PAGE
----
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Why kill the innocent [text (large print)] / C. S. Harris.

By: Harris, C. S.
Material type: materialTypeLabelBookSeries: Harris, C. S. Sebastian St. Cyr mystery: 13.Publisher: Thorndike, Maine : Center Point Large Print, 2018Edition: Center Point Large Print edition.Description: 454 pages (large print) ; 23 cm.Content type: text Media type: unmediated Carrier type: volumeISBN: 9781683249153; 1683249151.Subject(s): Nobility -- Fiction | Murder -- Investigation -- Fiction | Fugitives from justice -- Fiction | Large type books | Great Britain -- History -- George III, 1760-1820 -- Fiction | London (England) -- FictionGenre/Form: Regency fiction. | Historical fiction. | Detective and mystery fiction.DDC classification: 813/.54 Summary: "London, 1814. A brutal murder draws nobleman Sebastian St. Cyr into the tangled web of the British royal court where intrigue abounds and betrayal awaits"-- Provided by publisher.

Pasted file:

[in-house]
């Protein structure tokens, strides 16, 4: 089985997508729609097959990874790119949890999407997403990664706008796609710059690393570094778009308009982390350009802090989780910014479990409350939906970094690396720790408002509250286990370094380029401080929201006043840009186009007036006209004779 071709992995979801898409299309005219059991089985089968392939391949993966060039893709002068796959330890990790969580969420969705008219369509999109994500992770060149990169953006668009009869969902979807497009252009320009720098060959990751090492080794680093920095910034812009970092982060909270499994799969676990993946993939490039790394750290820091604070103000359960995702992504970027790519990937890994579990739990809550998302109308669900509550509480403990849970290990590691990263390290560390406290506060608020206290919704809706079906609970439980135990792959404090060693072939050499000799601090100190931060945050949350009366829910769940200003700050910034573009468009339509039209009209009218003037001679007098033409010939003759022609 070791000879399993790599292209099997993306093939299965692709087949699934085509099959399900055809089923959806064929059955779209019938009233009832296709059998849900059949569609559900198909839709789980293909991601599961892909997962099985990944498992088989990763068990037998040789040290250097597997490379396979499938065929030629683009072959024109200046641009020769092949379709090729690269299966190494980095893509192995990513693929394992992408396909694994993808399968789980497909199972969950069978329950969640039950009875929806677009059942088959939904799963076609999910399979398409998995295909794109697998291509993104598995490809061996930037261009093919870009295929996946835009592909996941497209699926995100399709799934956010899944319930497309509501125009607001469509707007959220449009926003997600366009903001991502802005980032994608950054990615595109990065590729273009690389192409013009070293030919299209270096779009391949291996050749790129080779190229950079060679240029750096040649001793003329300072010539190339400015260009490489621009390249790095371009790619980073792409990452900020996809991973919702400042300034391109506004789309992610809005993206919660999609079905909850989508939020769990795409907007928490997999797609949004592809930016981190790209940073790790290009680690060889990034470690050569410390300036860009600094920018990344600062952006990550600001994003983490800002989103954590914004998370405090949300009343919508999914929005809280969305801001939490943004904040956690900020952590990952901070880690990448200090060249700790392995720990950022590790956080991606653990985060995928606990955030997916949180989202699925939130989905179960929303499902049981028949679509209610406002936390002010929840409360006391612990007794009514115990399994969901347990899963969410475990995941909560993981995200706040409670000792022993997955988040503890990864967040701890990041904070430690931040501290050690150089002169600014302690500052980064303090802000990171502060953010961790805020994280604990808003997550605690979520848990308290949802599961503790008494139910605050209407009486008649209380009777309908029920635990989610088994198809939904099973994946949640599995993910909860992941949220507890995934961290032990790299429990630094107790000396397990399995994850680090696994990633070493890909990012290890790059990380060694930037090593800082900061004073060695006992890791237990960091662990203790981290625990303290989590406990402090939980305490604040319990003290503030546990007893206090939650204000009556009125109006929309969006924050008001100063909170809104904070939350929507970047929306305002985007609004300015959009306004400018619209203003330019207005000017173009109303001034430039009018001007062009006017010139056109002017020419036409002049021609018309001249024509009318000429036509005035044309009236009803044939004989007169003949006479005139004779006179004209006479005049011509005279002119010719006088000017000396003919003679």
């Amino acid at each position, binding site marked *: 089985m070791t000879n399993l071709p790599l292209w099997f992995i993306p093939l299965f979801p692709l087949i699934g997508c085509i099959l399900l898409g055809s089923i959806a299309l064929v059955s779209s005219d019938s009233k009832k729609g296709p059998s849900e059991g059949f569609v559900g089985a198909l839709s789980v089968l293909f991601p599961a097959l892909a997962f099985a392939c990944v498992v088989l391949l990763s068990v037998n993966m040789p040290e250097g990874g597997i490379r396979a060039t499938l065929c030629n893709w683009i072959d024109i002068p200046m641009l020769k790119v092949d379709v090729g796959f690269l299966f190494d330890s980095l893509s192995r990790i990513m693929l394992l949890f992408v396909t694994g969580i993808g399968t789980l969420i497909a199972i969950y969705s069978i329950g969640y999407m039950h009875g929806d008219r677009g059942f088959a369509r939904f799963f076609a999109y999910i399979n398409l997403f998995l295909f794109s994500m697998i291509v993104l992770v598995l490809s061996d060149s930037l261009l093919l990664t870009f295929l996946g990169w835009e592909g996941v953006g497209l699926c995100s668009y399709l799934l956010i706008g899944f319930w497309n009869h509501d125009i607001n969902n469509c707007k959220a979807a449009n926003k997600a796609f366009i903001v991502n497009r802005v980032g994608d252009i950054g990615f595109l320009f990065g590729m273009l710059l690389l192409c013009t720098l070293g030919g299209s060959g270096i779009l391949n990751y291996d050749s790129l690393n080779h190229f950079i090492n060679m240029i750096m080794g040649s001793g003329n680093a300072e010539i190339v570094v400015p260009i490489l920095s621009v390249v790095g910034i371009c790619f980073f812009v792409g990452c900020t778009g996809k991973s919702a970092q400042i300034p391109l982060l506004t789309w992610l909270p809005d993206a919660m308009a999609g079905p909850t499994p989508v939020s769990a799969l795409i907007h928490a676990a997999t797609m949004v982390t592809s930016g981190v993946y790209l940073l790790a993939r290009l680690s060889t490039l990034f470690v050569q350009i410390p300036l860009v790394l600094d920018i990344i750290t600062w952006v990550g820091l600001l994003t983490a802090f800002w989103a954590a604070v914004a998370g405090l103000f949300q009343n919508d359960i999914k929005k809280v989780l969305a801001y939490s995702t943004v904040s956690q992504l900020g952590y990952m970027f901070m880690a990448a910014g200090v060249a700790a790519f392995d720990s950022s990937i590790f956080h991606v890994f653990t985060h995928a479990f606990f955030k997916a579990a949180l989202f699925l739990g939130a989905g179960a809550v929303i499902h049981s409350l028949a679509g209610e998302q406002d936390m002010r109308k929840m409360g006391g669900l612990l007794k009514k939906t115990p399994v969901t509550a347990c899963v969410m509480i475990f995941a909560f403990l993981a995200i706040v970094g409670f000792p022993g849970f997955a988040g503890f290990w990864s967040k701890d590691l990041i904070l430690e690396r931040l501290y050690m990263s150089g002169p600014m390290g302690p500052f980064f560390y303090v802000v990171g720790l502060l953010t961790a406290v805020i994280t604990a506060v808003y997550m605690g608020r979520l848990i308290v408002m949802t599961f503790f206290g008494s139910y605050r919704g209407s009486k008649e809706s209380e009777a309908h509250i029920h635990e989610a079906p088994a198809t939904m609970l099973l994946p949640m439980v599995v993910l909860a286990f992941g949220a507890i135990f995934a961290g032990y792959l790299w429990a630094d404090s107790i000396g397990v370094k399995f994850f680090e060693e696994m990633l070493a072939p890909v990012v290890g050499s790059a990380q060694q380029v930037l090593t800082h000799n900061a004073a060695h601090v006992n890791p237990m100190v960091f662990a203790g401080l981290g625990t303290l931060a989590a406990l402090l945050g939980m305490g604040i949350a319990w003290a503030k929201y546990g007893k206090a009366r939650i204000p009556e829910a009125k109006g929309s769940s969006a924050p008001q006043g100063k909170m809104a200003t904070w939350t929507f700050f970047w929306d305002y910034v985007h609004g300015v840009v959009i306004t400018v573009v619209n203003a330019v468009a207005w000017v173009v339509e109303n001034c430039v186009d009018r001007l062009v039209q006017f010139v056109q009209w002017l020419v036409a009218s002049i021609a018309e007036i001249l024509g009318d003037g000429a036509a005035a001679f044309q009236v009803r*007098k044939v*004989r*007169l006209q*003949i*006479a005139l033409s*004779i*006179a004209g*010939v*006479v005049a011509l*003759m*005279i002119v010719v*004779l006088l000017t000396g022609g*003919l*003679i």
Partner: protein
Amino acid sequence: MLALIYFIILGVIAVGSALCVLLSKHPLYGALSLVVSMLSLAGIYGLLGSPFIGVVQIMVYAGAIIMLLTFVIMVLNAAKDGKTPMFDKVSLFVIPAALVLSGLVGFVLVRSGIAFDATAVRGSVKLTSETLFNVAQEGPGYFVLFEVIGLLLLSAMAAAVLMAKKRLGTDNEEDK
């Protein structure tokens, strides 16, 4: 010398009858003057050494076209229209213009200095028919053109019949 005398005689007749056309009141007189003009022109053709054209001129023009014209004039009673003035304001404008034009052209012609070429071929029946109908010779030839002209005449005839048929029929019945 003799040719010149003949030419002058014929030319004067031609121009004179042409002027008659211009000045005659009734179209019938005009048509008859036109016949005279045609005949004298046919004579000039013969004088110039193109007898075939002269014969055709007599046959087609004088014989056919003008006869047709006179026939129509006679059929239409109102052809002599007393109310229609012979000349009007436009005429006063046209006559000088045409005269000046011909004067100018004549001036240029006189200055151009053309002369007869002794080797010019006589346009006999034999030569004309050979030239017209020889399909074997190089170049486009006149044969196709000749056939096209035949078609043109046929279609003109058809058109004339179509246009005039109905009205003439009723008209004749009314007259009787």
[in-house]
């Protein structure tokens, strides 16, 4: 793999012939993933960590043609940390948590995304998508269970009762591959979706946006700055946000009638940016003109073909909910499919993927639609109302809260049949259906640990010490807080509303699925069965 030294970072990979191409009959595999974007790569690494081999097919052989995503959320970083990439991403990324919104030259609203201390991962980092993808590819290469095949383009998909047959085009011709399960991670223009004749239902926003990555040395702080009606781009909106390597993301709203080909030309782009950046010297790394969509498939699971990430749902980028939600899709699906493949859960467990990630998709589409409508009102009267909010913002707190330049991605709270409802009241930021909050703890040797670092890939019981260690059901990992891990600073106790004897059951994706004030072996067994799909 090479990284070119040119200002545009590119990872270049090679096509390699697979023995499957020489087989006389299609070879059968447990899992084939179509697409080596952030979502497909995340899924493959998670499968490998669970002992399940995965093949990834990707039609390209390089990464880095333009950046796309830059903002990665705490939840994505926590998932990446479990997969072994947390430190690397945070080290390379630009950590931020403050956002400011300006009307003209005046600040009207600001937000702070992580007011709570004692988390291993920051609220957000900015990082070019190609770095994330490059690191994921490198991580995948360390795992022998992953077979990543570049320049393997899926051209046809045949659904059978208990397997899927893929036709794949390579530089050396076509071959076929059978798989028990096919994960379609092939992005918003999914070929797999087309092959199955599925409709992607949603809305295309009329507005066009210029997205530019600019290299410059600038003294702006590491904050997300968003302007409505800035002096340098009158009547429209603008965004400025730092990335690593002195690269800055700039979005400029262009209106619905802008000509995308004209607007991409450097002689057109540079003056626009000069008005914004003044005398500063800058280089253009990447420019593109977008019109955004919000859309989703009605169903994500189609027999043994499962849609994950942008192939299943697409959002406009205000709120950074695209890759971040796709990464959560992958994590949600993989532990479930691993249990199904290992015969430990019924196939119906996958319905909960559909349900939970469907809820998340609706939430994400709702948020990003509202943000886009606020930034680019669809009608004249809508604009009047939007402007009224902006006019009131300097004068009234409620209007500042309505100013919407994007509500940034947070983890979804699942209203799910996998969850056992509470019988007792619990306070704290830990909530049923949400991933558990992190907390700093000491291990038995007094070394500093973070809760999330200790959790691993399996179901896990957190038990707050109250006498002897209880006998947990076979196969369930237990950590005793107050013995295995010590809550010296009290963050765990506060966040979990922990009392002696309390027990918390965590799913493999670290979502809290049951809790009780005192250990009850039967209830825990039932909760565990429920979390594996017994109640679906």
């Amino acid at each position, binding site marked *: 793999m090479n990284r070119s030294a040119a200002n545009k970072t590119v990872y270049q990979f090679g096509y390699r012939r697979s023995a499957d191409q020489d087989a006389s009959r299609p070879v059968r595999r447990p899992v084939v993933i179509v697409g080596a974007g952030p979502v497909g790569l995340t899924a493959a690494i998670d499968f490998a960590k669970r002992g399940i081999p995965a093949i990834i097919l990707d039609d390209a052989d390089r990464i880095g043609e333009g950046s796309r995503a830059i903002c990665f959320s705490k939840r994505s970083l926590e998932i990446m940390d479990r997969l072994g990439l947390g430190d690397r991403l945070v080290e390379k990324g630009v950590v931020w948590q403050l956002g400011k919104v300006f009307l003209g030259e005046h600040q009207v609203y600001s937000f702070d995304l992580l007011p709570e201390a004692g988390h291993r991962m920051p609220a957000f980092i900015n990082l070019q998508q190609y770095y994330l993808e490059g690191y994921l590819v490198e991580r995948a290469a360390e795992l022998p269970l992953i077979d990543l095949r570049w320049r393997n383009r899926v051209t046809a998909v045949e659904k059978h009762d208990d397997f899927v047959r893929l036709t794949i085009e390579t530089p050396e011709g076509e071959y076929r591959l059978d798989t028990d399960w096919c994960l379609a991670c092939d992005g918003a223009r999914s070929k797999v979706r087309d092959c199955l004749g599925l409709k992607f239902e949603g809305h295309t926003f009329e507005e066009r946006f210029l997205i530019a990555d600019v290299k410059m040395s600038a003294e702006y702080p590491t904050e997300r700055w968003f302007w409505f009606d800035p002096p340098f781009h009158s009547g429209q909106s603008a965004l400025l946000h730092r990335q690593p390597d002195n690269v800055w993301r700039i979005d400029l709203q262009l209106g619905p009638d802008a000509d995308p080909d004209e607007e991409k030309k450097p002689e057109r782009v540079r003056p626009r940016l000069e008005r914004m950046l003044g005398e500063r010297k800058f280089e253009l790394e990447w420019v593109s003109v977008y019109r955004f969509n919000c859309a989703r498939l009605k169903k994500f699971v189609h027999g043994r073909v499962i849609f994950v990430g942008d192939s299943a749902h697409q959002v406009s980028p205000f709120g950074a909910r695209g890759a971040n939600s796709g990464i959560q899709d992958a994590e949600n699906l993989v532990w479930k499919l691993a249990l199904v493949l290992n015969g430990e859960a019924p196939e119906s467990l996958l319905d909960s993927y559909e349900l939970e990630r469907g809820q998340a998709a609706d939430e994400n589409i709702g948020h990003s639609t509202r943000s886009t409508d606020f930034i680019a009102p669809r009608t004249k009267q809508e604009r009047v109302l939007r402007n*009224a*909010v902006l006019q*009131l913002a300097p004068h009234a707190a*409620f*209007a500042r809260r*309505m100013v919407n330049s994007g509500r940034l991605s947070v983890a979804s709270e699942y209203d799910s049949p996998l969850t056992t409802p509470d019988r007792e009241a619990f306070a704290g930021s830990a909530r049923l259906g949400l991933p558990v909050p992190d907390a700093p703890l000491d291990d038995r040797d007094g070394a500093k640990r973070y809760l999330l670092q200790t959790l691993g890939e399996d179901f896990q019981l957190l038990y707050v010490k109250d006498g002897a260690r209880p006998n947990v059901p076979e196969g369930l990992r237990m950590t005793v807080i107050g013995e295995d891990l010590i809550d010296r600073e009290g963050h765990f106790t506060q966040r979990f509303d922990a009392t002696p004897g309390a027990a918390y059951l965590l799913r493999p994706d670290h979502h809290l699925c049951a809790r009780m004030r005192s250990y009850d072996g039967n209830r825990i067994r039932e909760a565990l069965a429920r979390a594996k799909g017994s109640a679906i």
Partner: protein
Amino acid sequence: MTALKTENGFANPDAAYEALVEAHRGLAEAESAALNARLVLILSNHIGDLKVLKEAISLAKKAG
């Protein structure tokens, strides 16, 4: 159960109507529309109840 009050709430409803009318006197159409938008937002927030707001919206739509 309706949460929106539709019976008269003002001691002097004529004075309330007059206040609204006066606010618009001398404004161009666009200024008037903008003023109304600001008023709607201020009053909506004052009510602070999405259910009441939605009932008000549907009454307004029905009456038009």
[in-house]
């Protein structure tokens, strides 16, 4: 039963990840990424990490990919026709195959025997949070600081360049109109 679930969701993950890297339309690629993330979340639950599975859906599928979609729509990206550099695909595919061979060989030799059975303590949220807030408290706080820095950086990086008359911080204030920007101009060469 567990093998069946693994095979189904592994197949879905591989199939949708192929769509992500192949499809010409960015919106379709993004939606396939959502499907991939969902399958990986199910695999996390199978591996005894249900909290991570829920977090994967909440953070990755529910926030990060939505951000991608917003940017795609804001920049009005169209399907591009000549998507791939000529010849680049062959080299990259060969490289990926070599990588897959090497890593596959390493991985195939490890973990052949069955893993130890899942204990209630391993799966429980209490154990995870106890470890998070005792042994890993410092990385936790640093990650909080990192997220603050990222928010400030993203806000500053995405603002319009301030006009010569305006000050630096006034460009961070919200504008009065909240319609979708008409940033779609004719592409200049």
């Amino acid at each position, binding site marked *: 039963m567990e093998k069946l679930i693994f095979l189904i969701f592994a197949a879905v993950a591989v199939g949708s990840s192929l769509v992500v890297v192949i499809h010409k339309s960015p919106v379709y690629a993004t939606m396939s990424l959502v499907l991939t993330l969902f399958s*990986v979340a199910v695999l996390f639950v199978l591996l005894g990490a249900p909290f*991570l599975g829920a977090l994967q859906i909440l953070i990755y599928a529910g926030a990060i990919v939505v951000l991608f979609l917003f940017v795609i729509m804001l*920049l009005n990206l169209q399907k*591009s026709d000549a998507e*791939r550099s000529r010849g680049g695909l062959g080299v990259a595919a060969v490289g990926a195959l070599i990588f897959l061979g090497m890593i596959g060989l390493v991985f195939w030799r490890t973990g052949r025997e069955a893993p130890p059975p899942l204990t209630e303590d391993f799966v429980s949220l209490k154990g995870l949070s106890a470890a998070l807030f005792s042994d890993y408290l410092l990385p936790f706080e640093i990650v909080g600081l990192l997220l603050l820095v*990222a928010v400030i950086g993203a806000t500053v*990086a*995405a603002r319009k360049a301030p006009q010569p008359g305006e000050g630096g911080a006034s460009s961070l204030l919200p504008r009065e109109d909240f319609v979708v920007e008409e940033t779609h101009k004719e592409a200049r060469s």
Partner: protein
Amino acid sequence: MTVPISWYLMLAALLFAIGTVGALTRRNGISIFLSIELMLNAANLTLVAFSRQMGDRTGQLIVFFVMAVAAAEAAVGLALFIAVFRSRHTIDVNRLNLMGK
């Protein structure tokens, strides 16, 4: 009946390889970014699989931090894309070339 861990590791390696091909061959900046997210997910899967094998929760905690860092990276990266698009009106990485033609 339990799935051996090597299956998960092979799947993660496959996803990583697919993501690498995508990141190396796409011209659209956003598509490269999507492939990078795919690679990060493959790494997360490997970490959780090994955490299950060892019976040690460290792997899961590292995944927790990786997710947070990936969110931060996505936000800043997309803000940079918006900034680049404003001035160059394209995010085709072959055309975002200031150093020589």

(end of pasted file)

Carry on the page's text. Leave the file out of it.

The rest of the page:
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Enhanced descriptions from Syndetics:

London, 1814. As a cruel winter holds the city in its icy grip, the bloody body of a beautiful young musician is found half-buried in a snowdrift. Jane Ambrose's ties to Princess Charlotte, the only child of the Prince Regent and heir presumptive to the throne, panic the palace, which moves quickly to shut down any investigation into the death of the talented pianist. But Sebastian St. Cyr, Viscount Devlin, and his wife, Hero, refuse to allow Jane's murderer to escape justice.

Regular print version previously published by: Berkley.

"London, 1814. A brutal murder draws nobleman Sebastian St. Cyr into the tangled web of the British royal court where intrigue abounds and betrayal awaits"-- Provided by publisher.

Excerpt provided by Syndetics